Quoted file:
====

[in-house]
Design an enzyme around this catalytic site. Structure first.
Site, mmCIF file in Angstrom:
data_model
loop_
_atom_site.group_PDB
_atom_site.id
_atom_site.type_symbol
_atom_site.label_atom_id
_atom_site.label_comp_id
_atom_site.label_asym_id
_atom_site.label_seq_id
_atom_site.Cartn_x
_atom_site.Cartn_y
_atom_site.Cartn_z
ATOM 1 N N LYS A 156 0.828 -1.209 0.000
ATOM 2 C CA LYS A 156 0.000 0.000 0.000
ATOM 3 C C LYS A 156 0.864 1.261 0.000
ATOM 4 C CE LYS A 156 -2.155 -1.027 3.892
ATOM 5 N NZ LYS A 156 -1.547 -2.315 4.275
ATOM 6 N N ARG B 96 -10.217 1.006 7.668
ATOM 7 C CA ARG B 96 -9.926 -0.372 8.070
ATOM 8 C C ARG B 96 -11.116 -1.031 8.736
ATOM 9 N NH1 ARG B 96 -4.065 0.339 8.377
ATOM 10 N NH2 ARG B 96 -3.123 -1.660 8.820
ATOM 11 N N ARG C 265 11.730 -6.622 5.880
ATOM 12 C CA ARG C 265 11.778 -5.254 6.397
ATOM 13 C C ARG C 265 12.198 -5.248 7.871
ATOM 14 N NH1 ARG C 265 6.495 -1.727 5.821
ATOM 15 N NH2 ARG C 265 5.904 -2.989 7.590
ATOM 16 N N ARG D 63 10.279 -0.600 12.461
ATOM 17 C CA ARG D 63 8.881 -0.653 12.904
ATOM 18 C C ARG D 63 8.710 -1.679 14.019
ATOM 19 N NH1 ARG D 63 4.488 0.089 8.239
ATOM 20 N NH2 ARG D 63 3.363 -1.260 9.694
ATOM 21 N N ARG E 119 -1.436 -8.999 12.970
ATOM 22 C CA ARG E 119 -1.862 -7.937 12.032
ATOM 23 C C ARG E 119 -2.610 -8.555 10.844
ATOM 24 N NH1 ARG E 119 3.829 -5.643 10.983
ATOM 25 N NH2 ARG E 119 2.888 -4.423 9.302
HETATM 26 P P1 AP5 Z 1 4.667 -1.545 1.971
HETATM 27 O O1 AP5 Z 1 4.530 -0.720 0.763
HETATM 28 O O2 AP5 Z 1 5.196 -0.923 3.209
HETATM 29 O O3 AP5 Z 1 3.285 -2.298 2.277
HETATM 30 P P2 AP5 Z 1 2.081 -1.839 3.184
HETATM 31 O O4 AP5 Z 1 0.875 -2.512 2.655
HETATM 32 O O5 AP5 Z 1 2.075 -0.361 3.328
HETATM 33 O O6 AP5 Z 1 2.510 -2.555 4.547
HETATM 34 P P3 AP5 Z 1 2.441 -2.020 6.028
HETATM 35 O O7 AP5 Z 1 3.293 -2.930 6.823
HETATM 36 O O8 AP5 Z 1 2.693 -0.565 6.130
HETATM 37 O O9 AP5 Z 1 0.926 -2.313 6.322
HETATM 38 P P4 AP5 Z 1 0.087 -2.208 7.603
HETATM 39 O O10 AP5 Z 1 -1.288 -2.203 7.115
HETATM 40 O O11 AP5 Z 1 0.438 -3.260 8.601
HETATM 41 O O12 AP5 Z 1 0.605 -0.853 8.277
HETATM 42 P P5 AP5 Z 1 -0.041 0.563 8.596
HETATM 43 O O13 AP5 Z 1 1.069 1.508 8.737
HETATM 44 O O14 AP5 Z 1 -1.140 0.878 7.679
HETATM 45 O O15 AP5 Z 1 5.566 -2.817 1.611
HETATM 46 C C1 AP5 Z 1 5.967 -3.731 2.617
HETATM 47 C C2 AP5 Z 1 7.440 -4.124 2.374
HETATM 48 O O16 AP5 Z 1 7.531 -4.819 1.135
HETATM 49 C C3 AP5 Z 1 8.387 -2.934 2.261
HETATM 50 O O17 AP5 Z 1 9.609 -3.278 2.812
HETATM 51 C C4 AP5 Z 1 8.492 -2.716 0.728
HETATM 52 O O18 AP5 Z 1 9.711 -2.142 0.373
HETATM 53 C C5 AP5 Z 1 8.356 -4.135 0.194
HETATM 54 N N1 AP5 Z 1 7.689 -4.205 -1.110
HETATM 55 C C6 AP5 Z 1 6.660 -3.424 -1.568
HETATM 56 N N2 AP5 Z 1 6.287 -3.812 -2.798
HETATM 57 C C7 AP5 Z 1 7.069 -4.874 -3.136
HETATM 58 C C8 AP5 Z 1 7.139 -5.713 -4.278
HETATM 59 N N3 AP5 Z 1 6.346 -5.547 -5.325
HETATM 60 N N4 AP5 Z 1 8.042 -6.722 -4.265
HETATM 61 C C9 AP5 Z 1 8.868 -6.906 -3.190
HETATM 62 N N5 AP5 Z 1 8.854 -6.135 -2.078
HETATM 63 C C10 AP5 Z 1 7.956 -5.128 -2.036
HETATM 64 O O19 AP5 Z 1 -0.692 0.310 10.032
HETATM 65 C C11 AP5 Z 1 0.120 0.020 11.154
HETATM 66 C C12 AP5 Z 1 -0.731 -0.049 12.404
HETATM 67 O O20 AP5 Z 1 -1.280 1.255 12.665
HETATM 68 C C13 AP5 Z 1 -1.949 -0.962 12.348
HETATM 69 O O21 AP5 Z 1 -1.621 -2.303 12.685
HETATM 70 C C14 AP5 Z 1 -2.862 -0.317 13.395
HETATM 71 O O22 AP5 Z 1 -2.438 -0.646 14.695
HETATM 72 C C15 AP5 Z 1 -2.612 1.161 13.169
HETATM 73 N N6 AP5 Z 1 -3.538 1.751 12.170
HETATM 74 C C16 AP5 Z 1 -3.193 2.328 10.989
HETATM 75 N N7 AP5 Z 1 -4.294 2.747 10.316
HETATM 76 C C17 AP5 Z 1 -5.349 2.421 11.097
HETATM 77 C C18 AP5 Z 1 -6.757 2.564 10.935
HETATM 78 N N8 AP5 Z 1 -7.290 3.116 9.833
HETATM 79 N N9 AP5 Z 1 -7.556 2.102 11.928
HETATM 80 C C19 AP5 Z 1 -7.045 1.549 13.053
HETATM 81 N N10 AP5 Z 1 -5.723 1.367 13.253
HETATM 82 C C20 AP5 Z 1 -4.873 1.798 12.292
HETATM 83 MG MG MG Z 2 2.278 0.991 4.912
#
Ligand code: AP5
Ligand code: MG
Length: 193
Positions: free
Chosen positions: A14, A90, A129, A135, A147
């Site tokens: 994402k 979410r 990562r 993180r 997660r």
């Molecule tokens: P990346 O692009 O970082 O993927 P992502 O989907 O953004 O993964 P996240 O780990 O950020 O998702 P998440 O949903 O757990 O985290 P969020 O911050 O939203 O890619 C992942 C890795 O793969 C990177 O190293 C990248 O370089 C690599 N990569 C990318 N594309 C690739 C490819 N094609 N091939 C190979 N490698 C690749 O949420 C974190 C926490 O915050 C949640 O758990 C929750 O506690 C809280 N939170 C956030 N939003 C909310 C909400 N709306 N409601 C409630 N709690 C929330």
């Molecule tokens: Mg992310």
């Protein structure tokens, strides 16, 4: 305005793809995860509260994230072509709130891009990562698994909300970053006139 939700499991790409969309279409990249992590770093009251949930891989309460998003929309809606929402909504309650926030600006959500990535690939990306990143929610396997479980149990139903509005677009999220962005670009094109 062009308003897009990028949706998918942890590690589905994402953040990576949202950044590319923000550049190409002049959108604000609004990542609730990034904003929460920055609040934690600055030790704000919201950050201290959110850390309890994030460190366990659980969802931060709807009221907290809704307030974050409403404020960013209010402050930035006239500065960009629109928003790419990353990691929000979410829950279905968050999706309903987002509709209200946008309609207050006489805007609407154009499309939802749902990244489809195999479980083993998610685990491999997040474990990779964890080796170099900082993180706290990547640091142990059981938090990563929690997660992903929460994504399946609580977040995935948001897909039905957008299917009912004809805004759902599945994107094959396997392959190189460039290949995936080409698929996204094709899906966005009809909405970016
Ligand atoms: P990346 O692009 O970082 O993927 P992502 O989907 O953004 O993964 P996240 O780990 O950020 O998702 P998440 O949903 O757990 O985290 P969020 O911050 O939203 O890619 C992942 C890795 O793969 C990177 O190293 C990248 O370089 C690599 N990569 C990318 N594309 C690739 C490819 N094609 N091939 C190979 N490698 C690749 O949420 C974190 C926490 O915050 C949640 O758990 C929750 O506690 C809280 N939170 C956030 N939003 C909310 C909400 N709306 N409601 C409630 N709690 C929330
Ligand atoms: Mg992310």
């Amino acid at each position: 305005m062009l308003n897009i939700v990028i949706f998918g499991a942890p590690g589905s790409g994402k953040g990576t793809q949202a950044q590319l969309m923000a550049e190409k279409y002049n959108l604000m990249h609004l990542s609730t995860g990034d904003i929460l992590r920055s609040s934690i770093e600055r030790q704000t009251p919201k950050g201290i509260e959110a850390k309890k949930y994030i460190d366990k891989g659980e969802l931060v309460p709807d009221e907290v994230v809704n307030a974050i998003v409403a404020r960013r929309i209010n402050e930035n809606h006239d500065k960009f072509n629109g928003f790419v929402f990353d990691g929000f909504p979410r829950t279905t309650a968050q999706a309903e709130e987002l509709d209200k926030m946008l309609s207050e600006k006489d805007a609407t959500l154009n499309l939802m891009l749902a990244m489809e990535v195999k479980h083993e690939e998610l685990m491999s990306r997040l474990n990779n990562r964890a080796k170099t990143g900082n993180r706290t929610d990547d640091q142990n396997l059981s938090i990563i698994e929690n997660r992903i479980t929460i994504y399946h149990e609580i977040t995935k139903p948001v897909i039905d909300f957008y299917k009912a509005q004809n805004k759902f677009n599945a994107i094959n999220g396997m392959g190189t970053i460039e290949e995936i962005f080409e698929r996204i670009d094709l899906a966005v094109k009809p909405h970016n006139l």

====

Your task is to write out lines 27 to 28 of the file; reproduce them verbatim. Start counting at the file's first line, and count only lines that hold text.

ATOM 12 C CA ARG C 265 11.778 -5.254 6.397
ATOM 13 C C ARG C 265 12.198 -5.248 7.871